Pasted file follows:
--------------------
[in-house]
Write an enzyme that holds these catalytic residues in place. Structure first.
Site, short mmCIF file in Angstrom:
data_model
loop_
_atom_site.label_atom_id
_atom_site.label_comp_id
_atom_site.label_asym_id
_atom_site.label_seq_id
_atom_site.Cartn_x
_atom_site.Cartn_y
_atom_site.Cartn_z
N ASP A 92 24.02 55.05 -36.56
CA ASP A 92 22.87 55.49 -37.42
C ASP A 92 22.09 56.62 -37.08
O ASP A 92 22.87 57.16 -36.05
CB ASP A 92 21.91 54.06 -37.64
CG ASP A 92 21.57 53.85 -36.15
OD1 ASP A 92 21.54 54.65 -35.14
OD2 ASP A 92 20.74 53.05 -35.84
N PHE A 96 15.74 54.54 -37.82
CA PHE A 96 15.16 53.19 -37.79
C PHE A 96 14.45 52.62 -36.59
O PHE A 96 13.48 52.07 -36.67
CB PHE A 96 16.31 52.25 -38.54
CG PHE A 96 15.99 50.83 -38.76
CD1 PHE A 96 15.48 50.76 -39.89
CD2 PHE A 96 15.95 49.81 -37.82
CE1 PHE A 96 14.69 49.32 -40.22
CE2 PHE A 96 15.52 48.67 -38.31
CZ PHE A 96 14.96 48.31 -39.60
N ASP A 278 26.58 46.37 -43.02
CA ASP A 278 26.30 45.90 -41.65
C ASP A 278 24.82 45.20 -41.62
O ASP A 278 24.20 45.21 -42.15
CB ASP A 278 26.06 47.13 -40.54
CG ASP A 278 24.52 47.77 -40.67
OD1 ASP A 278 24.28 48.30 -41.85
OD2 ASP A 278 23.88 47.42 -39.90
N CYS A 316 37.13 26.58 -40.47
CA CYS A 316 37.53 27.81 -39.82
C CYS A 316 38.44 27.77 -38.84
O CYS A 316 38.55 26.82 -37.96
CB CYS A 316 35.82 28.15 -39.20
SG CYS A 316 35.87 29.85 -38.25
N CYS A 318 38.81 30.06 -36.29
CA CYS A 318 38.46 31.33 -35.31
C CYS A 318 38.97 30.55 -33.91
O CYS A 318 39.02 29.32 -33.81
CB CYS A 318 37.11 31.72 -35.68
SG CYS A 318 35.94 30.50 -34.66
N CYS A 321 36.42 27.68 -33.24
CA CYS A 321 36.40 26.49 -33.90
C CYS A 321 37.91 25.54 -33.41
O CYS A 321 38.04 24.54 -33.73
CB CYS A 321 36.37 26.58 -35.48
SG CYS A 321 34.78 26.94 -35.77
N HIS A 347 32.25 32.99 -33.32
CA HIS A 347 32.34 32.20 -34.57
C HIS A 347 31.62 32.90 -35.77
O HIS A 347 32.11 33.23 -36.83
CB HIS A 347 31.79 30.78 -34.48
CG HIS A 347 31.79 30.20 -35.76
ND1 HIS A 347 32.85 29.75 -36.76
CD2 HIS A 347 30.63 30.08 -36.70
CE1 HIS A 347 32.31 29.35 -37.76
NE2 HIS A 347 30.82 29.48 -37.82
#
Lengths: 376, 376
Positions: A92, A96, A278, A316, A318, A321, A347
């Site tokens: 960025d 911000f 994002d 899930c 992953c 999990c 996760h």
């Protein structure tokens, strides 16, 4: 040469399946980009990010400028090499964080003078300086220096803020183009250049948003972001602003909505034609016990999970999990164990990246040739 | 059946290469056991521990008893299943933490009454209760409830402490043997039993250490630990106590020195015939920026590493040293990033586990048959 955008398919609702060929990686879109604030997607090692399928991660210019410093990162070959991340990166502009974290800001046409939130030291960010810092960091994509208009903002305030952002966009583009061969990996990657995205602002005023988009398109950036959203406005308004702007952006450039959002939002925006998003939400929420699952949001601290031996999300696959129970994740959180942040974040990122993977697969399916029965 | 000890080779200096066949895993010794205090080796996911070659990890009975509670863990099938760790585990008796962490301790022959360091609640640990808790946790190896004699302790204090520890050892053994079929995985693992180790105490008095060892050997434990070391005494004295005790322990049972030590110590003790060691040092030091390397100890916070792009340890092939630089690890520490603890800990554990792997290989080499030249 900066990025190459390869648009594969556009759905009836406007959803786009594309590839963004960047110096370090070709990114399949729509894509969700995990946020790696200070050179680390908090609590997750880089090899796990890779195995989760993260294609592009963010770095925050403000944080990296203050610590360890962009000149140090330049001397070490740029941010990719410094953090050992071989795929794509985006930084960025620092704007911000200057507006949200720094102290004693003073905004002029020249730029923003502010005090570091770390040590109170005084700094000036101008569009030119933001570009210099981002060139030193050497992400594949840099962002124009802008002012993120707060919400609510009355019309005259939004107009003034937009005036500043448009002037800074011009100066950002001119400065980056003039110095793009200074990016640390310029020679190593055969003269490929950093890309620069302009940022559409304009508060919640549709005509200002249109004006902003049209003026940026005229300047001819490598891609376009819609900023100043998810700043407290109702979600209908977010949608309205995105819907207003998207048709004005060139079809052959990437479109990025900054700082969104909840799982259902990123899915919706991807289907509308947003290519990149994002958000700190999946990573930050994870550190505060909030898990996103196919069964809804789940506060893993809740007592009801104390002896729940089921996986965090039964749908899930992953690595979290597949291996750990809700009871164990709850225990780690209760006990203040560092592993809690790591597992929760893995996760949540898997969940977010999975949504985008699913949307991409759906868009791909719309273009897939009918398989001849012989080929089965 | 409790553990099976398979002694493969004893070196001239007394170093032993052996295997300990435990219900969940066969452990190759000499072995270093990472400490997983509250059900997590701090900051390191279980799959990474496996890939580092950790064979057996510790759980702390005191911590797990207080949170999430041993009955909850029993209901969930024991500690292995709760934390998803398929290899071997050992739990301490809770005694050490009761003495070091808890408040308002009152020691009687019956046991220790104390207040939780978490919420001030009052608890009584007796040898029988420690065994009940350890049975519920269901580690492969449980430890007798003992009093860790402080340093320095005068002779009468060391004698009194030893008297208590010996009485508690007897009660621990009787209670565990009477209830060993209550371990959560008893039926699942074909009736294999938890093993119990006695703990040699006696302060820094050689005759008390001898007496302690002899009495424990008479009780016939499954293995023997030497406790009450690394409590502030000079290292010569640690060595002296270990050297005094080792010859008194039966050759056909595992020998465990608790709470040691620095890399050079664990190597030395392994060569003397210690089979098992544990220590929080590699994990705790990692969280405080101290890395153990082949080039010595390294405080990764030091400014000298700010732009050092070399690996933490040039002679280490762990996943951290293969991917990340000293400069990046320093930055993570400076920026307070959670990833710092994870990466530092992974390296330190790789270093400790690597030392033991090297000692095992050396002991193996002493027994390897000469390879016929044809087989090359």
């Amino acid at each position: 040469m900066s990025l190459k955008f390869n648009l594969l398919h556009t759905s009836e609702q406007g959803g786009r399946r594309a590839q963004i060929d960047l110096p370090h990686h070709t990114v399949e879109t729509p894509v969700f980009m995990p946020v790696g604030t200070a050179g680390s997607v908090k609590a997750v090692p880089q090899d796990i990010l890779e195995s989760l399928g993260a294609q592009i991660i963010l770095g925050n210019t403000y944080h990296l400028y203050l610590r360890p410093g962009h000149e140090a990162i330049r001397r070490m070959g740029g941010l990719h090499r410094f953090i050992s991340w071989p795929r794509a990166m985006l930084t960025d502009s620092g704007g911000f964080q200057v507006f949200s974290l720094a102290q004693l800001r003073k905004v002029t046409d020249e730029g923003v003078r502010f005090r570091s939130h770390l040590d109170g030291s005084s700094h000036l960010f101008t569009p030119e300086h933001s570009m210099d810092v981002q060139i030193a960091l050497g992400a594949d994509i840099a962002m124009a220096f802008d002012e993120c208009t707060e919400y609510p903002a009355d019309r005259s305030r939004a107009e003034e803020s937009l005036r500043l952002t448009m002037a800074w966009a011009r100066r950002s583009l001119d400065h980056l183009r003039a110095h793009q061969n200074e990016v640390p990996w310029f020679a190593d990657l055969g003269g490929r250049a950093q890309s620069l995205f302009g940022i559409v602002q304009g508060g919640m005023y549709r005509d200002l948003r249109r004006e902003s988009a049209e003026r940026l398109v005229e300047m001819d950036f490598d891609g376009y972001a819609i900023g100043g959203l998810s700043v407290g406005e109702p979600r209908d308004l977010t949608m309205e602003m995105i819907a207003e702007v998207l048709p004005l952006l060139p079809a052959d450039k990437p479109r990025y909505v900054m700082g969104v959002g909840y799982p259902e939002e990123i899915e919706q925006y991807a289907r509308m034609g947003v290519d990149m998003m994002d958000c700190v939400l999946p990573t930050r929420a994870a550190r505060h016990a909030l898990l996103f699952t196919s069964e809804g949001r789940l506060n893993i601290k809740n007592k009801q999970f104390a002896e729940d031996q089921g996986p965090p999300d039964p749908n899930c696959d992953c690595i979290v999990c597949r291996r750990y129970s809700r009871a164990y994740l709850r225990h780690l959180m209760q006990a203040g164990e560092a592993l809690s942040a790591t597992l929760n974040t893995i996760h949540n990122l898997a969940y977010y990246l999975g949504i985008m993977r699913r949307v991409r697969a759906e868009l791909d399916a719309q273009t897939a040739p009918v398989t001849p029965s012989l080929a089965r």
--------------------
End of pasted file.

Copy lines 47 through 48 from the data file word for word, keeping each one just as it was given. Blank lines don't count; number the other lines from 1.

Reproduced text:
CA CYS A 318 38.46 31.33 -35.31
C CYS A 318 38.97 30.55 -33.91